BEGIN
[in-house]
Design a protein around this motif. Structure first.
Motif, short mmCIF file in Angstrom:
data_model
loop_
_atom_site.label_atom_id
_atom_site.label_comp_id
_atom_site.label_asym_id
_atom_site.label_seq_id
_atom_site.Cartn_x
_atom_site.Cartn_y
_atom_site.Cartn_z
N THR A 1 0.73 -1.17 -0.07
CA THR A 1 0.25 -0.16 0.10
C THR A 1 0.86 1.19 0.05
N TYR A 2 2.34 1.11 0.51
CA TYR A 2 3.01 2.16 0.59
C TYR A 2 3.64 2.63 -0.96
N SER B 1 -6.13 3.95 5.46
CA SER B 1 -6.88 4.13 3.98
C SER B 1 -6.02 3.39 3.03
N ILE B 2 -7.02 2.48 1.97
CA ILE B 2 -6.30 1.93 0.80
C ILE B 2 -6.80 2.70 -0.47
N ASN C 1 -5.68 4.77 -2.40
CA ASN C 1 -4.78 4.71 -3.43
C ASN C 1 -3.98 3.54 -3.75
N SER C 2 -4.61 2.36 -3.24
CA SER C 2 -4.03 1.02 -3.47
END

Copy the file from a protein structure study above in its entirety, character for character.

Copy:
[in-house]
Design a protein around this motif. Structure first.
Motif, short mmCIF file in Angstrom:
data_model
loop_
_atom_site.label_atom_id
_atom_site.label_comp_id
_atom_site.label_asym_id
_atom_site.label_seq_id
_atom_site.Cartn_x
_atom_site.Cartn_y
_atom_site.Cartn_z
N THR A 1 0.73 -1.17 -0.07
CA THR A 1 0.25 -0.16 0.10
C THR A 1 0.86 1.19 0.05
N TYR A 2 2.34 1.11 0.51
CA TYR A 2 3.01 2.16 0.59
C TYR A 2 3.64 2.63 -0.96
N SER B 1 -6.13 3.95 5.46
CA SER B 1 -6.88 4.13 3.98
C SER B 1 -6.02 3.39 3.03
N ILE B 2 -7.02 2.48 1.97
CA ILE B 2 -6.30 1.93 0.80
C ILE B 2 -6.80 2.70 -0.47
N ASN C 1 -5.68 4.77 -2.40
CA ASN C 1 -4.78 4.71 -3.43
C ASN C 1 -3.98 3.54 -3.75
N SER C 2 -4.61 2.36 -3.24
CA SER C 2 -4.03 1.02 -3.47